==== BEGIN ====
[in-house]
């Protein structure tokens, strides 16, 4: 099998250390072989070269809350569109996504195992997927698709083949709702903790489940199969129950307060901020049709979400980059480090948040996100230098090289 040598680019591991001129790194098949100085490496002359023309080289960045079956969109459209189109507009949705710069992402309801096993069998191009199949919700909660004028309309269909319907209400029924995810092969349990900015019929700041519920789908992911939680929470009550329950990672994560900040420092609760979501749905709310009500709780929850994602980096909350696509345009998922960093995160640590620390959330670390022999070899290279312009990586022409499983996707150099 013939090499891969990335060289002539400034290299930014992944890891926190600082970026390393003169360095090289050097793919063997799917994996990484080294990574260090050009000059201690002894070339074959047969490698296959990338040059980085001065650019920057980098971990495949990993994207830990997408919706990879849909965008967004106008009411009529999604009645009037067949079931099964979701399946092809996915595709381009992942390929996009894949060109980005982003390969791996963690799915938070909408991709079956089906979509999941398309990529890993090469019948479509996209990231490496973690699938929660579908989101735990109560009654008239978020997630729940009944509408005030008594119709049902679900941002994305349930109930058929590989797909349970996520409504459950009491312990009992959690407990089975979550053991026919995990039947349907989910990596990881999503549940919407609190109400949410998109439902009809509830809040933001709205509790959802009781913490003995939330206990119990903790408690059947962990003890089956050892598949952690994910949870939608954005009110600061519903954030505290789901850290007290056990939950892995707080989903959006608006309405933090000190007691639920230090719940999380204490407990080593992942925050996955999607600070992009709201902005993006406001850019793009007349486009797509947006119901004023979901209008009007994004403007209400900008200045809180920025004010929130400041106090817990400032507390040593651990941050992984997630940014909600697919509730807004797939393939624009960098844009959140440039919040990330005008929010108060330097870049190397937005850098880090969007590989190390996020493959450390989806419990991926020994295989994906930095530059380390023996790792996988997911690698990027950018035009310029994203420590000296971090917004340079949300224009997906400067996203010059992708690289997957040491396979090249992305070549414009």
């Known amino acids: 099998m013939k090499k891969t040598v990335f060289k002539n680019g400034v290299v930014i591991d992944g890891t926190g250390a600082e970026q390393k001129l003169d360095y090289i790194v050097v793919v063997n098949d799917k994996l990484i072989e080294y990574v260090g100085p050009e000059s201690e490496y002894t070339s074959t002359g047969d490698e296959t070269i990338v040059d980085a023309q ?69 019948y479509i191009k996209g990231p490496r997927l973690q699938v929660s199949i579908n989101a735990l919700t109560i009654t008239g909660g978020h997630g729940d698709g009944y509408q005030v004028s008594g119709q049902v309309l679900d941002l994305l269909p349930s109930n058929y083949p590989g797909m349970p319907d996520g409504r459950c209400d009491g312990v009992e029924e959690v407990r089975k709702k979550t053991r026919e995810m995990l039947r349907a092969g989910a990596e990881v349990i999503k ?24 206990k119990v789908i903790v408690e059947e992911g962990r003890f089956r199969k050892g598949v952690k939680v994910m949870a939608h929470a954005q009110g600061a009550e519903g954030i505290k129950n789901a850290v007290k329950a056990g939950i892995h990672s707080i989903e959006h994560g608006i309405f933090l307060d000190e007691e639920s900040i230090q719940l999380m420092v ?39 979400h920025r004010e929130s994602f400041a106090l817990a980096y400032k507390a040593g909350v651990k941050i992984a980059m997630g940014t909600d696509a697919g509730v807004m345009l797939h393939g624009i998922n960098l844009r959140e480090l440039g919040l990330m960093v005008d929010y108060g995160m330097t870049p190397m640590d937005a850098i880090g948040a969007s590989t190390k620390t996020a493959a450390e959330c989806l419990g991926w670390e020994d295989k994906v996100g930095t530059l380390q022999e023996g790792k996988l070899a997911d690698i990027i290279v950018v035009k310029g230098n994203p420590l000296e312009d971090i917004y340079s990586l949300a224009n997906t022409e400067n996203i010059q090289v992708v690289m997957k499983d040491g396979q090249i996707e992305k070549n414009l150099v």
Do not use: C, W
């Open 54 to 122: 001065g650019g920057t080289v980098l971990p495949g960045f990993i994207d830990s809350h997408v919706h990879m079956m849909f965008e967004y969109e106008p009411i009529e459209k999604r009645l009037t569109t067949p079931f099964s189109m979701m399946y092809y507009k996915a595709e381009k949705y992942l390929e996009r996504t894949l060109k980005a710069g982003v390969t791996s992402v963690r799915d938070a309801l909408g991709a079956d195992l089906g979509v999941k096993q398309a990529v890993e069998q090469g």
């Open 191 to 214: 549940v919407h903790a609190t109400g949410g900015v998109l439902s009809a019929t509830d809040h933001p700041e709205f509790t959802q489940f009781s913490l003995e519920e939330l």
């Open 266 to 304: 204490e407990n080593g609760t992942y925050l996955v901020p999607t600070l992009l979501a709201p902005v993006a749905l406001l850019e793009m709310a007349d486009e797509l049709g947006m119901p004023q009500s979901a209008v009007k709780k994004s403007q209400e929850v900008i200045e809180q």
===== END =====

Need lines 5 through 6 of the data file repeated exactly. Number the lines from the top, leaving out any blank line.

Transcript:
């Open 54 to 122: 001065g650019g920057t080289v980098l971990p495949g960045f990993i994207d830990s809350h997408v919706h990879m079956m849909f965008e967004y969109e106008p009411i009529e459209k999604r009645l009037t569109t067949p079931f099964s189109m979701m399946y092809y507009k996915a595709e381009k949705y992942l390929e996009r996504t894949l060109k980005a710069g982003v390969t791996s992402v963690r799915d938070a309801l909408g991709a079956d195992l089906g979509v999941k096993q398309a990529v890993e069998q090469g």
């Open 191 to 214: 549940v919407h903790a609190t109400g949410g900015v998109l439902s009809a019929t509830d809040h933001p700041e709205f509790t959802q489940f009781s913490l003995e519920e939330l």